Price pressures are being reduced as a result of years spent organizing supply networks. According to economists, the probability of a “Goldilocks” scenario of continuous development without exporting inflation is increased by the decline in factory-gate prices.
A key factor in the recent global stock market boom was China’s openness. After a catastrophic year in 2022, China’s growth will rebound this year because of the relaxation of mobility restrictions. Also, the normalization of supply chains will increase the demand for global disinflation, which is good news for the global economy. The increase in tourism will benefit not just China (such as the demand for luxury items), but also travel destinations in other nations, and the increase in production should help commodities like oil and industrial metals.
We are apprehensive about the longer-term picture, though, since low vaccination effectiveness and increased mobility, which were both exacerbated last month by travel linked to the Chinese New Year, do not speak well for the fight against COVID-19.As a result, self-regulation by individuals despite increased illness risks, along with unfavorable wealth effects linked to persistent real estate troubles, might restrict consumption and, consequently, overall GDP.
The removal of limitations could eventually assist to alleviate supply chain obstructions that have led to lengthy delays for items ranging from vehicles to iPhones, helping to reduce inflation, despite some short-term inconvenience from employee shortages.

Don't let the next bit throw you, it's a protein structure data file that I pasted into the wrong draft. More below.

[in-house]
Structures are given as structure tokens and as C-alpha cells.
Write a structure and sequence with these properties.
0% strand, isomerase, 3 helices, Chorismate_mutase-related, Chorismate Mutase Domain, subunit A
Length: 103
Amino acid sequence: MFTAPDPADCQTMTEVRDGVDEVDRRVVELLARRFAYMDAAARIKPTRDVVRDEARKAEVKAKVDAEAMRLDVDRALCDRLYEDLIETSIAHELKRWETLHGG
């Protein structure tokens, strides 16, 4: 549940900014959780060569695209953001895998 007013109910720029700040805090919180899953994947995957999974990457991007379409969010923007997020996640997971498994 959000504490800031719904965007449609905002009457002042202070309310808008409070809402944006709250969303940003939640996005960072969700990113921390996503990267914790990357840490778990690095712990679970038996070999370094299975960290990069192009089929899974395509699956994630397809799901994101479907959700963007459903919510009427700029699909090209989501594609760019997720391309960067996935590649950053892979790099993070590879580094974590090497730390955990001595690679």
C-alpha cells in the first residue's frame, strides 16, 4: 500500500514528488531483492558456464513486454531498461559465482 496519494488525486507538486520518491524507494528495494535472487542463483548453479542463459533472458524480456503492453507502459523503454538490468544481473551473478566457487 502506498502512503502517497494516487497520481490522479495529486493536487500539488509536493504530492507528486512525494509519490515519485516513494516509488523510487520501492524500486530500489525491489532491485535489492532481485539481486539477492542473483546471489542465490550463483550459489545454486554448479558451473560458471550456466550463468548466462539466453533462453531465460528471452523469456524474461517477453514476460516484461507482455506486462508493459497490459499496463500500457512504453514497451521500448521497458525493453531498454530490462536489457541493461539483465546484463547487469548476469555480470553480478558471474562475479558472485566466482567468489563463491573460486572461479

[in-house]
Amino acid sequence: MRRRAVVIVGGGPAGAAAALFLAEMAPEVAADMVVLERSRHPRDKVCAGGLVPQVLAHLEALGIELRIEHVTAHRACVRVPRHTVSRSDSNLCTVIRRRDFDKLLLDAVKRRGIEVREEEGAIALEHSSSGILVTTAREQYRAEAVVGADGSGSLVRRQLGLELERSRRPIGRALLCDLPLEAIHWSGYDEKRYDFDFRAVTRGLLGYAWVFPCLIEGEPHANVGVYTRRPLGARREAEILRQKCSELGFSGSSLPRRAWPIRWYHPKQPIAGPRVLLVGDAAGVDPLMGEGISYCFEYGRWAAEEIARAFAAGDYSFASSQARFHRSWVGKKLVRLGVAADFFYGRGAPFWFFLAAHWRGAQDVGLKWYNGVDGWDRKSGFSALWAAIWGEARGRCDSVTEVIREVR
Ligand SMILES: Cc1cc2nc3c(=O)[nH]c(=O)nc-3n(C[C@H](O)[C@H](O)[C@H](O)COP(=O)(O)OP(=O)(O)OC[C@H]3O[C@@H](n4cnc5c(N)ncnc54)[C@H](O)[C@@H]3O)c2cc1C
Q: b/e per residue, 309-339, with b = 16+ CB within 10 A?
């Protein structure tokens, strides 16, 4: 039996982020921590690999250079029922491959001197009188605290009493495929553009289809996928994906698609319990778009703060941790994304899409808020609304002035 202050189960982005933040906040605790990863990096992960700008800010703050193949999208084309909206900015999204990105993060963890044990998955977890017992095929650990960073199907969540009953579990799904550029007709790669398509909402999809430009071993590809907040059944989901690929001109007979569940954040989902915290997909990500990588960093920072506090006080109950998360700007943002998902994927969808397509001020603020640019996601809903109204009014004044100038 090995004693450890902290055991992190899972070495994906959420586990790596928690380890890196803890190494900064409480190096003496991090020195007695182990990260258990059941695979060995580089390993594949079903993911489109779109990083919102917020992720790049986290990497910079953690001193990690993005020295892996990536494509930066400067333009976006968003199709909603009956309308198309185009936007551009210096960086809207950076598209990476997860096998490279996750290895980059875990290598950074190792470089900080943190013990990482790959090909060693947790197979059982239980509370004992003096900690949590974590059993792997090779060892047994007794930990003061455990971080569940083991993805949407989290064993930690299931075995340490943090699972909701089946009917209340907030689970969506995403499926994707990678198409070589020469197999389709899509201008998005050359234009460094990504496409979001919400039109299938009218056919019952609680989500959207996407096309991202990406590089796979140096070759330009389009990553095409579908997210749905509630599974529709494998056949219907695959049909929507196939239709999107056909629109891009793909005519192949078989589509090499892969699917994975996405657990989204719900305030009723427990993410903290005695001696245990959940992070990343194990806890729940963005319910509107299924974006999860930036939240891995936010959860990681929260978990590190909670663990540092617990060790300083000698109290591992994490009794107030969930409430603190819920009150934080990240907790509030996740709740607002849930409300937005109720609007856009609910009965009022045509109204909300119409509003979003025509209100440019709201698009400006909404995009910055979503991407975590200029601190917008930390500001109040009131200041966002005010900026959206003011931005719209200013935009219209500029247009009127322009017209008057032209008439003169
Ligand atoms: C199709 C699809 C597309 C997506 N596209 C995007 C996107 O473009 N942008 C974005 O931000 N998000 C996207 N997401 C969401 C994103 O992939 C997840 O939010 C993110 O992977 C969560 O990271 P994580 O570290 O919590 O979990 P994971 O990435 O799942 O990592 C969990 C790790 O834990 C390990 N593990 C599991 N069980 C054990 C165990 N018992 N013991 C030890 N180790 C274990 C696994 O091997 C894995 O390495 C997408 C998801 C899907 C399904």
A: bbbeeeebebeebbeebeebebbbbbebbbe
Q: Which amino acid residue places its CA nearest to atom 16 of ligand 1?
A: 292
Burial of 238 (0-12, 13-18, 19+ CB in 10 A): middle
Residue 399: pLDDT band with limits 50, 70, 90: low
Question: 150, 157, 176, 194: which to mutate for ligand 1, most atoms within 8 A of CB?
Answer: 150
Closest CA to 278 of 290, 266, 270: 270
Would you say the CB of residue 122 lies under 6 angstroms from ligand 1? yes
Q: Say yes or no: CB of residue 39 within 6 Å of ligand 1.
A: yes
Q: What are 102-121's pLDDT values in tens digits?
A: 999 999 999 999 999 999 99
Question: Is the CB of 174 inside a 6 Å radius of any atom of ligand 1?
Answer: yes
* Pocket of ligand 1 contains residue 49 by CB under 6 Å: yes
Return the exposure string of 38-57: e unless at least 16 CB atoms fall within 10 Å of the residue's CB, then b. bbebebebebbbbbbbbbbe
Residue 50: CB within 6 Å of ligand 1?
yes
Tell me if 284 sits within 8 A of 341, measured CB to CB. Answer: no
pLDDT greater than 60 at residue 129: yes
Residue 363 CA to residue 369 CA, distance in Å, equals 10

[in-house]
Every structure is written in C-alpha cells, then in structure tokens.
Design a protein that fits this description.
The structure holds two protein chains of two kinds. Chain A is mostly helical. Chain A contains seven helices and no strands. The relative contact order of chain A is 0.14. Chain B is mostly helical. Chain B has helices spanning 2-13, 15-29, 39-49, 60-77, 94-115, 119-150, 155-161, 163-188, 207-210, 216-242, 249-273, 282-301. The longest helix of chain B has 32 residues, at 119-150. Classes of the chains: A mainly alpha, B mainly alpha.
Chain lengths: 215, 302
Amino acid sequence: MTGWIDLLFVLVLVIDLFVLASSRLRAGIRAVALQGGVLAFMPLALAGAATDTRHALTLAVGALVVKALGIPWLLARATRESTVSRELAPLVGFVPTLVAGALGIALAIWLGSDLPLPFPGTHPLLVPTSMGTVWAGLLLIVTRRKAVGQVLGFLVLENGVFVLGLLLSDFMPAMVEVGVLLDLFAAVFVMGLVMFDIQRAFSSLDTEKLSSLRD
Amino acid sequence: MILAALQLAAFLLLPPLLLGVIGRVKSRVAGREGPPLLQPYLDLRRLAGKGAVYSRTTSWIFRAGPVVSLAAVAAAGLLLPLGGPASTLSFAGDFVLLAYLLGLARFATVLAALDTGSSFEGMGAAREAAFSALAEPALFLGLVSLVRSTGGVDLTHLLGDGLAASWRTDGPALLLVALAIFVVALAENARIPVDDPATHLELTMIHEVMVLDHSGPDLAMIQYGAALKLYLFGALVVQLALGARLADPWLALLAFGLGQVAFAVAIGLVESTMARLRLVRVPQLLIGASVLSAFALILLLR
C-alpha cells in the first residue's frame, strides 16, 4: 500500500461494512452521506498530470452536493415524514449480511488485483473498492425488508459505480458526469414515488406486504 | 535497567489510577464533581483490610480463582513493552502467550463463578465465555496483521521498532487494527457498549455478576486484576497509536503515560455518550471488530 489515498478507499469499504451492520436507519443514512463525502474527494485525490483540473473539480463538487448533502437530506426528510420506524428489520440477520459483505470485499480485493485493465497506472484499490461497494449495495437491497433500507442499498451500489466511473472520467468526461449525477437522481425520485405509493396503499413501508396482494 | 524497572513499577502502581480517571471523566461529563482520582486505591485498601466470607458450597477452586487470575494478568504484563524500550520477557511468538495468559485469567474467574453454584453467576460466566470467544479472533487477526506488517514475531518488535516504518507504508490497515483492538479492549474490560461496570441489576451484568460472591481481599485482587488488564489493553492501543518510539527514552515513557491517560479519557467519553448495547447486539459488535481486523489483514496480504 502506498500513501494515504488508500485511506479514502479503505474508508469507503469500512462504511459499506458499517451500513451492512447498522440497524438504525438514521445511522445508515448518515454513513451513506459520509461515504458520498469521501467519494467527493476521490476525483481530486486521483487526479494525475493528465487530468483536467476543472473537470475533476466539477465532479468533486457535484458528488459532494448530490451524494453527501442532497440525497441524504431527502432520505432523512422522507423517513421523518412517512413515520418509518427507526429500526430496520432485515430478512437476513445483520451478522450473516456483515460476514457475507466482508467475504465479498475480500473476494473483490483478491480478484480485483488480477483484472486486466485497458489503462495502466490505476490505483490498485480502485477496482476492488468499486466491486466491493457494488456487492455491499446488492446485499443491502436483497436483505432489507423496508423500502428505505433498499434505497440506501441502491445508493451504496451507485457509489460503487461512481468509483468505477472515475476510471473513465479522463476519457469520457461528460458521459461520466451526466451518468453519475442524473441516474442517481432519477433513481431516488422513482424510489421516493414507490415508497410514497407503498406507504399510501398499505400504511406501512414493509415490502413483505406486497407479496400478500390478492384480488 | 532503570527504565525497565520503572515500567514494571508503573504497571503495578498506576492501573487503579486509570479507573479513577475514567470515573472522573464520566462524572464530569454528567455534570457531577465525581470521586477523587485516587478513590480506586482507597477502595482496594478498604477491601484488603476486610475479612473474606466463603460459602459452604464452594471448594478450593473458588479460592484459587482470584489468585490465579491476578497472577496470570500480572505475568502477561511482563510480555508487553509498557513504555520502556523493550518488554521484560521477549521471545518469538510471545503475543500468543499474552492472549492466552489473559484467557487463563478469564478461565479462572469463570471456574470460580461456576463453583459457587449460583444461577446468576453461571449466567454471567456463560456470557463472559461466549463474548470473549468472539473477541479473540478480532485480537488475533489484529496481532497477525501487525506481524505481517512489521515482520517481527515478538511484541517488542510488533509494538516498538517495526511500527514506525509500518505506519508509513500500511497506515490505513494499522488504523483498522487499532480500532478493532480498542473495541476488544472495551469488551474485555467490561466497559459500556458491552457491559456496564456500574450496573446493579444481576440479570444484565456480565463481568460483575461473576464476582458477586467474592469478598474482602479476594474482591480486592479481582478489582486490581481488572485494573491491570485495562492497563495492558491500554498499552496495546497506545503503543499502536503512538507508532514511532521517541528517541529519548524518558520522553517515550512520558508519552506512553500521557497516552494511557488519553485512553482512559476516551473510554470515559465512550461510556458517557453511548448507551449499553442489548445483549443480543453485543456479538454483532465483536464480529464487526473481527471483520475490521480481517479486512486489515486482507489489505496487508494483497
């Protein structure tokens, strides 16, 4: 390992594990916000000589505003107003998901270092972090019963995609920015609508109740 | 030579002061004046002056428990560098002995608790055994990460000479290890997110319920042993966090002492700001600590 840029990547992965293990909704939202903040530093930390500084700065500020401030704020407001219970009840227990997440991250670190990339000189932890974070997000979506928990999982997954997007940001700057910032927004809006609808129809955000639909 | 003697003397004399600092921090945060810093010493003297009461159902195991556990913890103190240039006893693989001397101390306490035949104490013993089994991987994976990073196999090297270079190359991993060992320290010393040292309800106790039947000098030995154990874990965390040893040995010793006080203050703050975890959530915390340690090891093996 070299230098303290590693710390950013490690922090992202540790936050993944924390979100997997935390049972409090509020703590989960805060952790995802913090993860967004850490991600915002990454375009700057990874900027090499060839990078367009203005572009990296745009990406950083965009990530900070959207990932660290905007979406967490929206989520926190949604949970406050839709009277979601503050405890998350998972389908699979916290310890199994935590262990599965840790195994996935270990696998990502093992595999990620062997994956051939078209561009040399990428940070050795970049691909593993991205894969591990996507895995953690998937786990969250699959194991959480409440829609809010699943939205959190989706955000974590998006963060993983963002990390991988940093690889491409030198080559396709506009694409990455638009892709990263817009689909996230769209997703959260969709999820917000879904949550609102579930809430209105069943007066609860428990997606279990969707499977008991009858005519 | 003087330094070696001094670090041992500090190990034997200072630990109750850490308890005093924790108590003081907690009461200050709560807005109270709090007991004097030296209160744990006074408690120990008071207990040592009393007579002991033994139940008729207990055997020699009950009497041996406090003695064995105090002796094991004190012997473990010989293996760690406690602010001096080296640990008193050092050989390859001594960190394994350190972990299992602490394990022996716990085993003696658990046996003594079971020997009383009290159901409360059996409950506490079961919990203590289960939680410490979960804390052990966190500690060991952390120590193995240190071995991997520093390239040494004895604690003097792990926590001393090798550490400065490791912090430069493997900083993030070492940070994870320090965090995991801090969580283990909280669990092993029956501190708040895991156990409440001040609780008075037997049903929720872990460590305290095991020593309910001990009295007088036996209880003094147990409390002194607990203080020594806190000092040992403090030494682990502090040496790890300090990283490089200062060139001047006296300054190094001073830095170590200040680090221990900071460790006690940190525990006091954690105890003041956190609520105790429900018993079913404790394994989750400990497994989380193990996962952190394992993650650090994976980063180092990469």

The restart of travel to and from China is advantageous. Trips into and out of China have been reduced to a trickle, falling 79 percent for mainland residents and 95 percent for foreigners in 2021 compared to 2019 levels. This contrasts with commodities and capital movements, which remained strong even under zero-Covid.
The operations and investment of multinational corporations are boosted by facilitated cross-border travel. Executives will start traveling again between the corporate office and China to facilitate new business and initiatives. Similarly to this, Chinese businesspeople will make postponed trips to investigate the potential in other markets.
Better circumstances would also aid Chinese businesses in attracting and keeping international talent. Up to 100,000 foreigners, including teachers and other members of the family infrastructure that supports global labor, were said to be waiting to return to Shanghai alone in January. The resurgence of Chinese consumers will likely be the reopening’s most noticeable immediate effect. According to the most recent Ipsos survey, consumer confidence touched historic lows in 2022 but has since rebounded dramatically, making Chinese consumers the most confident in the world.